entity or entities whose gross annual revenues in the aggregate exceed $250,000,000.”55 The
Commission has determined that an operator serving fewer than 677,000 subscribers shall be
deemed a small operator, if its annual revenues, when combined with the total annual revenues of all
its affiliates, do not exceed $250 million in the aggregate.56 Industry data indicate that, of 1,076


47 U.S. Census Bureau, 2007 NAICS Definitions, “517110 Wired Telecommunications Carriers” (partial
definition), http://www.census.gov/naics/2007/def/ND517110.HTM#N517110.
48 See 13 C.F.R § 121.201, NAICS code 517110.
49 U.S. Census Bureau, 2007 Economic Census, Subject Series: Information, Table 5, Employment Size of
Firms for the United States: 2007, NAICS code 5171102 (issued Nov. 2010).
50 See id.
51 See 47 C.F.R. § 76.901(e). The Commission determined that this size standard equates approximately to a
size standard of $100 million or less in annual revenues. See Implementation of Sections of the 1992 Cable
Television Consumer Protection and Competition Act: Rate Regulation
, MM Docket Nos. 92-266, 93-215,
Sixth Report and Order and Eleventh Order on Reconsideration, 10 FCC Rcd 7393, 7408 para. 28 (1995).
52 These data are derived from R.R. BOWKER, BROADCASTING & CABLE YEARBOOK 2006, “Top 25
Cable/Satellite Operators,” pages A-8 & C-2 (data current as of June 30, 2005); WARREN COMMUNICATIONS
NEWS, TELEVISION & CABLE FACTBOOK 2006, “Ownership of Cable Systems in the United States,” pages D-
1805 to D-1857.
53 See 47 C.F.R. § 76.901(c).
54 WARREN COMMUNICATIONS NEWS, TELEVISION & CABLE FACTBOOK 2006, “U.S. Cable Systems by
Subscriber Size,” page F-2 (data current as of Oct. 2005). The data do not include 718 systems for which
classifying data were not available.
55 47 U.S.C. § 543(m)(2); see also 47 C.F.R. § 76.901(f) & nn.1–3.
56 47 C.F.R. § 76.901(f); see FCC Announces New Subscriber Count for the Definition of Small Cable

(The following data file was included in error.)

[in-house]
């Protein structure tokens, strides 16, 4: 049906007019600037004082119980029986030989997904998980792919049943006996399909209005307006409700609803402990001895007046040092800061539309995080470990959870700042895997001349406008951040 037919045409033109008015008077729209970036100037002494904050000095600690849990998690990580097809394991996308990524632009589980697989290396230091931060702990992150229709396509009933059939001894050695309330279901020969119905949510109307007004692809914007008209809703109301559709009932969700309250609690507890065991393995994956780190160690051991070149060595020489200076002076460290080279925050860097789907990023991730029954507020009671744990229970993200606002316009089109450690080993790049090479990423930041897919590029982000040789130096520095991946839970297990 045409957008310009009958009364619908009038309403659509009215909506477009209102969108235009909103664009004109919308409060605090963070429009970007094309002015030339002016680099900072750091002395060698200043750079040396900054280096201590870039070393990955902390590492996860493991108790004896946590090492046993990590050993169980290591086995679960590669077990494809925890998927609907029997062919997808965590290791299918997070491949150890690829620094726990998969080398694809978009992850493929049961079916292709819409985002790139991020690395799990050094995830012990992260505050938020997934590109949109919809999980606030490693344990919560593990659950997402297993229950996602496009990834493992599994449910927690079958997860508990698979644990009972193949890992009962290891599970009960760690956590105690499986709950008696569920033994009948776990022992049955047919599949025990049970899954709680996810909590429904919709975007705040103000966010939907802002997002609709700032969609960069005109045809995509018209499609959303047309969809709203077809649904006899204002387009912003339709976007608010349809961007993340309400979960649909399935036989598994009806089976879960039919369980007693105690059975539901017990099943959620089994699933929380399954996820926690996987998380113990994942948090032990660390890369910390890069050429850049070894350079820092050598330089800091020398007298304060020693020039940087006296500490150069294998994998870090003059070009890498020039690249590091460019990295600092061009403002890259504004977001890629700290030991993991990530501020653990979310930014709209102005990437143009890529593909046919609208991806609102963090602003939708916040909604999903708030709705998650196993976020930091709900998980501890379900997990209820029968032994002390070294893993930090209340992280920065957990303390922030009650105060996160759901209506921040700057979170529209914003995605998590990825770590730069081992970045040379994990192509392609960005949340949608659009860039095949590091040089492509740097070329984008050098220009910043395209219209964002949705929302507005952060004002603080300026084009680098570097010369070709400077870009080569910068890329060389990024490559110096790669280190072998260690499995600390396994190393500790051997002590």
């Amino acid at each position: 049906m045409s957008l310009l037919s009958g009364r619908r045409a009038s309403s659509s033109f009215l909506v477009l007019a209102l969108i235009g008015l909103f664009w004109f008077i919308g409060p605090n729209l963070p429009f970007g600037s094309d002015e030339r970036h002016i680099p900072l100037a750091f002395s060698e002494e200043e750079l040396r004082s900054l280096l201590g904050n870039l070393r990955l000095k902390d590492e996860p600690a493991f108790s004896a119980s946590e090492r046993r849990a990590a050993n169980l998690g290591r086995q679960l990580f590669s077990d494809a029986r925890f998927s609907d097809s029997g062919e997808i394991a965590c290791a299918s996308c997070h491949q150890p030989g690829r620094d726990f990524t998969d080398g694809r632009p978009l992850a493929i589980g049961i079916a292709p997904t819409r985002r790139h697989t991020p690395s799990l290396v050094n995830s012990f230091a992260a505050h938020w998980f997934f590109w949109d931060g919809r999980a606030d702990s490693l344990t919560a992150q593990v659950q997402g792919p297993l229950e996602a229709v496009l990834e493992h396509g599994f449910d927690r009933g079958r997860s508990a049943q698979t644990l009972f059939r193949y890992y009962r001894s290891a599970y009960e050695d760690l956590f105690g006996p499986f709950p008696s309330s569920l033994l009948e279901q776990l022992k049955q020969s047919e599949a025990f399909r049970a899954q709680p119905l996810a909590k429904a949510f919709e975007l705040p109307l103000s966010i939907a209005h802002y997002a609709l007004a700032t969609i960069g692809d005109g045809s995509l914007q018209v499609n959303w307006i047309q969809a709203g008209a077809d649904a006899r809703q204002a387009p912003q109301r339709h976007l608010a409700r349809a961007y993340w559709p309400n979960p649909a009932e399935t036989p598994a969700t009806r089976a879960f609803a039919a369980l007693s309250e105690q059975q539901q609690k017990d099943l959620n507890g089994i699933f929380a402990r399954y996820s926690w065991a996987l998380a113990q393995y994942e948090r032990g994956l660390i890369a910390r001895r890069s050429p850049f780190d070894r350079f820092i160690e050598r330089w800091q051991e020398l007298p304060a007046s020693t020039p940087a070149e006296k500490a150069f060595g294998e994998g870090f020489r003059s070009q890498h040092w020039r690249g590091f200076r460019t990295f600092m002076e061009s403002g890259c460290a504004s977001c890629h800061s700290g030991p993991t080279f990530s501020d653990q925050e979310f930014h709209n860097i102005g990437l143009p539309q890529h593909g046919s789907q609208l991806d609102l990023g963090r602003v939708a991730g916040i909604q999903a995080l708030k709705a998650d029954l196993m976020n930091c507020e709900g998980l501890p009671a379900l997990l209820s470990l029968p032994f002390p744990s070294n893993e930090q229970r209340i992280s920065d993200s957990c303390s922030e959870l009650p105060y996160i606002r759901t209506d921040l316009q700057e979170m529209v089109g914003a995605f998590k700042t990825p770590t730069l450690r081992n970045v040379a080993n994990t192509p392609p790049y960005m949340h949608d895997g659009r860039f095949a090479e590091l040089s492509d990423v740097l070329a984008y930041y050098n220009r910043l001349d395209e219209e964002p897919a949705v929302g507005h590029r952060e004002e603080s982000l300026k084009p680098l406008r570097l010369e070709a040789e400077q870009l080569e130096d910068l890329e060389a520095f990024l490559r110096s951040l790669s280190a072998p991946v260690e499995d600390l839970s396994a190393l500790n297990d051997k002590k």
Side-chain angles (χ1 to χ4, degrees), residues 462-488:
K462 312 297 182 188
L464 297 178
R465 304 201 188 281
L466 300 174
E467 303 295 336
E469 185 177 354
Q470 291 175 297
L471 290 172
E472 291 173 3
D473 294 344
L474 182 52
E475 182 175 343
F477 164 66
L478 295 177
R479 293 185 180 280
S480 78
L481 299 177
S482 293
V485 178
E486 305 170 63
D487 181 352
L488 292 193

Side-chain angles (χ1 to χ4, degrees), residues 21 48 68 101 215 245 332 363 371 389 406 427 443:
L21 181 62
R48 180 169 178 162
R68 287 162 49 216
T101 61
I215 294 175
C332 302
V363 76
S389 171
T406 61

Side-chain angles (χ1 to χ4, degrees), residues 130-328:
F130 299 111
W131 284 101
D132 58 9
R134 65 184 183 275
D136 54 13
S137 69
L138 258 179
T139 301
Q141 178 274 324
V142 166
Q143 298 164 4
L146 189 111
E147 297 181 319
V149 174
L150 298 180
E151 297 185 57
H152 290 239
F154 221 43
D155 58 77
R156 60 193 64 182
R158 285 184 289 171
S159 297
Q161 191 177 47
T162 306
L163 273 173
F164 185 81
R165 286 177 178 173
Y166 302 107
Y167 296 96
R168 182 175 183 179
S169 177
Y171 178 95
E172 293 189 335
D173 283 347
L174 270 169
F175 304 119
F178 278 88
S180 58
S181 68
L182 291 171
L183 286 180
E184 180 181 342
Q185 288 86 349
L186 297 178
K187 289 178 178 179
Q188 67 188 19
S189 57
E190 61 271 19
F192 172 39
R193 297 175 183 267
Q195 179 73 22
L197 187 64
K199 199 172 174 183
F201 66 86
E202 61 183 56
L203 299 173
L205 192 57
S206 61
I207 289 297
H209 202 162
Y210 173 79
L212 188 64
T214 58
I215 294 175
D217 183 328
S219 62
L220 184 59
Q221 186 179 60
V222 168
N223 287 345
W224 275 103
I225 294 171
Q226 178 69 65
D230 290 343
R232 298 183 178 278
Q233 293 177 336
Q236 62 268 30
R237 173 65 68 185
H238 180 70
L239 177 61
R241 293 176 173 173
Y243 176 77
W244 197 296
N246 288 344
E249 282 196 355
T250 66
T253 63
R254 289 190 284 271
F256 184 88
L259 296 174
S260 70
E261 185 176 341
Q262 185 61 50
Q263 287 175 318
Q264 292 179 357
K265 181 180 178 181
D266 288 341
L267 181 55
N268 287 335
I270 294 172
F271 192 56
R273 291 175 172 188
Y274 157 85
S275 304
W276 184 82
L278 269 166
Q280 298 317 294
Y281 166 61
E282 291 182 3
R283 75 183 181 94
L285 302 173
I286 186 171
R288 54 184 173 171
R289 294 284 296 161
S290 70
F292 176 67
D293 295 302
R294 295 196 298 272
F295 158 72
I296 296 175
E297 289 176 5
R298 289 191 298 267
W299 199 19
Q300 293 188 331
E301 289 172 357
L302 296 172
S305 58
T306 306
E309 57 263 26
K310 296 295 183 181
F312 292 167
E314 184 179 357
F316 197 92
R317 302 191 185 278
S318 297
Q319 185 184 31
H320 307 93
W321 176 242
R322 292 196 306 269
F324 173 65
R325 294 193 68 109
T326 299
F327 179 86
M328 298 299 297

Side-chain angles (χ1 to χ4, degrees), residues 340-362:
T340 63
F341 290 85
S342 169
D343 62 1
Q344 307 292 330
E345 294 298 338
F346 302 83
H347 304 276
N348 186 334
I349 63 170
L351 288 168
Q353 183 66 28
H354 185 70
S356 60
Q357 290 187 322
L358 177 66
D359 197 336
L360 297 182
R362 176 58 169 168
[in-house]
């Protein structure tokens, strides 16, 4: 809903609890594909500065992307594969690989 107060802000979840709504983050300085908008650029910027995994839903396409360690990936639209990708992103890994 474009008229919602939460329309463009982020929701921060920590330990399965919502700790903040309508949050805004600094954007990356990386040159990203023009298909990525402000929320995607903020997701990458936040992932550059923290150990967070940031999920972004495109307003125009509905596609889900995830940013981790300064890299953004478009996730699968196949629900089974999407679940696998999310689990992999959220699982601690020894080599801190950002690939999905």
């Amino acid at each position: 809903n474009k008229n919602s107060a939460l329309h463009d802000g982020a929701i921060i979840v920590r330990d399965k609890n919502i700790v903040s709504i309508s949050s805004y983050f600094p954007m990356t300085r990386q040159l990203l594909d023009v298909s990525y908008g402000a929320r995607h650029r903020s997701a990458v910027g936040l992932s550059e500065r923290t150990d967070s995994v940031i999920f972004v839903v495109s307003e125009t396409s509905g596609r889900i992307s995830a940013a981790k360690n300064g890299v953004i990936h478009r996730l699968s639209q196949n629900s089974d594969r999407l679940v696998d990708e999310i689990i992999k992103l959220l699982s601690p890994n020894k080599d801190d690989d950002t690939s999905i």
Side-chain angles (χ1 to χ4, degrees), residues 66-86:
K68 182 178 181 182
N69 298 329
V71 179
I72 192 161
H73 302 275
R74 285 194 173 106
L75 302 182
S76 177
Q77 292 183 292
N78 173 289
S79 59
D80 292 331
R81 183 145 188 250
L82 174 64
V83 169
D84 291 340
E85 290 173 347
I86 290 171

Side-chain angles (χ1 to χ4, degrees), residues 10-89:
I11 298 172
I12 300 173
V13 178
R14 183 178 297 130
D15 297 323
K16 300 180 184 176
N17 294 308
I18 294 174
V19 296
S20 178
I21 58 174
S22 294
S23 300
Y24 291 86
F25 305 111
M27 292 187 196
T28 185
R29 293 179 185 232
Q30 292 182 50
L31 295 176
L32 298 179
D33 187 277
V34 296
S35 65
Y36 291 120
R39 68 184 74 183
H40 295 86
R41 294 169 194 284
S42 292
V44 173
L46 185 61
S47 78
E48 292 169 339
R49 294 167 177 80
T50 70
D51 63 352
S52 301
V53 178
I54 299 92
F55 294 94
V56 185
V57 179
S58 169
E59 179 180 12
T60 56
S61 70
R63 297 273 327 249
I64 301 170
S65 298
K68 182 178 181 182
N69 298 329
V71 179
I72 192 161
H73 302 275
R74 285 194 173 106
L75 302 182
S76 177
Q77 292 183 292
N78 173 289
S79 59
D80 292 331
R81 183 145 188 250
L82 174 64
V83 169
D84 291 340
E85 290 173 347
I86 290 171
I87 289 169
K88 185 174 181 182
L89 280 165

Operator
, Public Notice, 16 FCC Rcd 2225 (Cable Services Bureau 2001).
14

cable operators nationwide, all but ten are small under this size standard.57 We note that the
Commission neither requests nor collects information on whether cable system operators are
affiliated with entities whose gross annual revenues exceed $250 million,58 and therefore we are
unable to estimate more accurately the number of cable system operators that would qualify as small
under this size standard.
19.

Open Video Services

. The open video system (“OVS”) framework was
established in 1996, and is one of four statutorily recognized options for the provision of video
programming services by local exchange carriers.59 The OVS framework provides opportunities for
the distribution of video programming other than through cable systems. Because OVS operators
provide subscription services,60 OVS falls within the SBA small business size standard covering
cable services, which is “Wired Telecommunications Carriers.”61 The SBA has developed a small
business size standard for this category, which is: all such firms having 1,500 or fewer employees.
According to Census Bureau data for 2007, there were a total of 955 firms in this previous category
that operated for the entire year.62 Of this total, 939 firms had employment of 999 or fewer
employees, and 16 firms had employment of 1000 employees or more.63 Thus, under this second
size standard, most cable systems are small and may be affected by rules adopted pursuant to the
Notice. In addition, we note that the Commission has certified some OVS operators, with some now
providing service.64 Broadband service providers (“BSPs”) are currently the only significant holders
of OVS certifications or local OVS franchises.65 The Commission does not have financial or
employment information regarding the entities authorized to provide OVS, some of which may not
yet be operational. Thus, again, at least some of the OVS operators may qualify as small entities.
20.

Internet Service Providers

. Since 2007, these services have been defined within
the broad economic census category of Wired Telecommunications Carriers; that category is defined
as follows: “This industry comprises establishments primarily engaged in operating and/or providing


57 These data are derived from R.R. BOWKER, BROADCASTING & CABLE YEARBOOK 2006, “Top 25
Cable/Satellite Operators,” pages A-8 & C-2 (data current as of June 30, 2005); WARREN COMMUNICATIONS
NEWS, TELEVISION & CABLE FACTBOOK 2006, “Ownership of Cable Systems in the United States,” pages D-
1805 to D-1857.
58 The Commission does receive such information on a case-by-case basis if a cable operator appeals a local
franchise authority’s finding that the operator does not qualify as a small cable operator pursuant to section
76.901(f) of the Commission’s rules.
59 47 U.S.C. § 571(a)(3)-(4). See Annual Assessment of the Status of Competition in the Market for the
Delivery of Video Programming
, MB Docket No. 06-189, Thirteenth Annual Report, 24 FCC Rcd 542, 606